Hair is a natural fibre but it is rarely left in a natural state. Throughout our lives we groom it, shape it, shed it, cut it, style it, shave it, colour it, straighten it, curl it, loose it and, in some cases, cover or supplement it. But hair is not a neutral material. It comes fraught with expectations about beauty, identity, gender and race. At once seductive and demanding, it offers multiple possibilities of conformity and dissent.
Through how we style our hair we express who we are and how we wish others to see us. But once hair is removed from the head, does it still represent us? Is it forever haunted by memories of past lives?
In Hair Balls for All Seasons, clients at Hacketts Salon in North London were invited to offer their hair along with comments about their feelings towards it. The hair balls become an archive of the salon, showcasing the diversity of colours and textures of hair and revealing the complexity of our emotions towards it.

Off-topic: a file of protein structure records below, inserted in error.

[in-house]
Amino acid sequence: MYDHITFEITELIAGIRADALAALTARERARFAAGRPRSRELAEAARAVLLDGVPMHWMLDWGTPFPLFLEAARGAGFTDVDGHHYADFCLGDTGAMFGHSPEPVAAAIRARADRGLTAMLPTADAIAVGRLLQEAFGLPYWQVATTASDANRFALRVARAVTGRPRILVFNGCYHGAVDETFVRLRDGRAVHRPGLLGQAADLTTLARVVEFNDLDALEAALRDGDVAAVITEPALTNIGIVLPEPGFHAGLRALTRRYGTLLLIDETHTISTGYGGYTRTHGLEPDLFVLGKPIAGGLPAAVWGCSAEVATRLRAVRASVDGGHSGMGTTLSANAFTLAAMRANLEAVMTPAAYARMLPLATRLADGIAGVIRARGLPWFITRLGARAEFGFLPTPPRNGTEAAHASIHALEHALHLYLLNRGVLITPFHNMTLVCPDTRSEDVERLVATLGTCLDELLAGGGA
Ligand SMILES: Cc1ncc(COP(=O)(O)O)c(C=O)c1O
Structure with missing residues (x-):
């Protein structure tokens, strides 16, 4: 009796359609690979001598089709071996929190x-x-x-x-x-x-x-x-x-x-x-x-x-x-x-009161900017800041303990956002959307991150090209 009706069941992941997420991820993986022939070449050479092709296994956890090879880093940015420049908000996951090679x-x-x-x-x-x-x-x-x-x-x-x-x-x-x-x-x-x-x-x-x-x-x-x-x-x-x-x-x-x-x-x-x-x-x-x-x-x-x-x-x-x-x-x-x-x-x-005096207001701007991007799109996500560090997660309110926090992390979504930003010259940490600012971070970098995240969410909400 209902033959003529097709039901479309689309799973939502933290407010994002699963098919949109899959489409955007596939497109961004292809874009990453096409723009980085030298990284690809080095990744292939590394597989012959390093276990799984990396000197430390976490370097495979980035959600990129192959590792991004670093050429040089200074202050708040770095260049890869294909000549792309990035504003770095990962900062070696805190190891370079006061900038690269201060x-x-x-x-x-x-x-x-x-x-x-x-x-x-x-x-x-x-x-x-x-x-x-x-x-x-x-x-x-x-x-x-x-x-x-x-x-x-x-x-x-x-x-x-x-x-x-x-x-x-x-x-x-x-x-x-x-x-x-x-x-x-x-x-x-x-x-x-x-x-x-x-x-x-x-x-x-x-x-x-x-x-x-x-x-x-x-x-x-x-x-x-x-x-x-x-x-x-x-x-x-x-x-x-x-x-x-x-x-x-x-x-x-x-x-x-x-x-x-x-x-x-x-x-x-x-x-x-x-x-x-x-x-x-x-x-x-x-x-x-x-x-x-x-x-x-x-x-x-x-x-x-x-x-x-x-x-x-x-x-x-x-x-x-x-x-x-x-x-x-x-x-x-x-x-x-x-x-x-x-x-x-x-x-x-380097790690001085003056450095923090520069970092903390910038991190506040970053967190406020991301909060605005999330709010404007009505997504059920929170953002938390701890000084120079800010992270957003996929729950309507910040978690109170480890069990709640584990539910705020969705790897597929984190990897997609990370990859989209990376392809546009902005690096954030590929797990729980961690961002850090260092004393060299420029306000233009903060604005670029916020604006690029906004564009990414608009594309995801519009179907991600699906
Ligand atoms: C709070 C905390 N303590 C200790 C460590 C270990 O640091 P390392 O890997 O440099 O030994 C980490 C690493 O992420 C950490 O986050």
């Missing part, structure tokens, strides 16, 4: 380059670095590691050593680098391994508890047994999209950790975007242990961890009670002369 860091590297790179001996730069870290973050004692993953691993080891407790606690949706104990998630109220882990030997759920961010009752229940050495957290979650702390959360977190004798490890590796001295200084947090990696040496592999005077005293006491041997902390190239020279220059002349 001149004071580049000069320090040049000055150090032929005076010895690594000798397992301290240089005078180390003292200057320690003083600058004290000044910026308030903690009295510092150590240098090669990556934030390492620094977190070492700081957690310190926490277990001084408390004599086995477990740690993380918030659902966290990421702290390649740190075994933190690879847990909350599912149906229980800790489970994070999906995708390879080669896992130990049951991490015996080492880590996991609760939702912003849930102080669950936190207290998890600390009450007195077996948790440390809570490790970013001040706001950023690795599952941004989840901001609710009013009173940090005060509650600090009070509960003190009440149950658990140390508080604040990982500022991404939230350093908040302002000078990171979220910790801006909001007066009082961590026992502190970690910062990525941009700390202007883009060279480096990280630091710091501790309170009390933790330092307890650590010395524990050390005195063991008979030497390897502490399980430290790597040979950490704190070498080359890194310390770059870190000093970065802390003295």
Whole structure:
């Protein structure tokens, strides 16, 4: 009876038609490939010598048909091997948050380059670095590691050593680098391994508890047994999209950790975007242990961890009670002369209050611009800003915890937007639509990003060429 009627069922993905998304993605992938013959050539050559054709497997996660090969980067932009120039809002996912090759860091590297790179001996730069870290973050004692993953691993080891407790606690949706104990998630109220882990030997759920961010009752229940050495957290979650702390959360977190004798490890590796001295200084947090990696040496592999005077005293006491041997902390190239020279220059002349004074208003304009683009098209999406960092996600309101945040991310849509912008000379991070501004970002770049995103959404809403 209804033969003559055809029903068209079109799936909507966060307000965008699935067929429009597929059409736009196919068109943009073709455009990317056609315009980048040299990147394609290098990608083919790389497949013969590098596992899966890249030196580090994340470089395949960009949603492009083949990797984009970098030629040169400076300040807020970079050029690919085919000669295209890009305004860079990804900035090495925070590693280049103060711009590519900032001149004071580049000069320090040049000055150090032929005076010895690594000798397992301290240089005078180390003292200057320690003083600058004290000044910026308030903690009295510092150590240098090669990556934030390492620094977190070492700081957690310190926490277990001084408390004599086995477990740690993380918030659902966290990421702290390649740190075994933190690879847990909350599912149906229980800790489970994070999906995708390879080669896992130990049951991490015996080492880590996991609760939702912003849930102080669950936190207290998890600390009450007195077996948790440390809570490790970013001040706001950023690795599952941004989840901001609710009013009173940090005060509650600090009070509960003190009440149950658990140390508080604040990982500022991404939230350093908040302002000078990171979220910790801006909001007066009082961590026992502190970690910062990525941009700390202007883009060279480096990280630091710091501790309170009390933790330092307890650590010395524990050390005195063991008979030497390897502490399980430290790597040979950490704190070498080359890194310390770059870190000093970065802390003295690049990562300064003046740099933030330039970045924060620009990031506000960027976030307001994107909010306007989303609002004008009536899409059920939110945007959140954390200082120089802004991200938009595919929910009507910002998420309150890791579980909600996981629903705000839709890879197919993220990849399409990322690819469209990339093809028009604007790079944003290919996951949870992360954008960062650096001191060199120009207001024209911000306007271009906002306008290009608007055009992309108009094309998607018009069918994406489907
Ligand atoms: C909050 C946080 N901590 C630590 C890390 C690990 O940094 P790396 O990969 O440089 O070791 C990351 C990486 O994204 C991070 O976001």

Hair balls remind us of the strangeness of detached hair – a body part that has become a body product - and invites us to explore hair’s lingering relationship to ourselves.
Mum went into town without telling anyone and had her hair cut off when she was 19 and her dad was cross and when he saw it he threw it on the floor with some vigour. But after, it was carefully wrapped up in a cloth and put in a drawer. I had my plait cut off when I was about 14. My mum went with me. Mine too was brought home and wrapped in a scarf and put in a drawer with my mum’s.
— Jo Doyland
The Victorians were obsessed with hair, often embellishing its symbolism to fetishistic levels, and generating new commercial values. From the mid-nineteenth century onwards the codes and imagery associated with hairstyling grew in significance, reflecting the changing roles of women in society. Married women who let their hair flow out in public were frowned upon, this being normally reserved for the unwed, although they were allowed to let it out in mourning, to show their distressed state. The queen’s highly publicised widowhood, and the short life expectancy of the age, also created a vogue for jewellery and artefacts made from the hair of the loved and lost.
— Jane Hoodless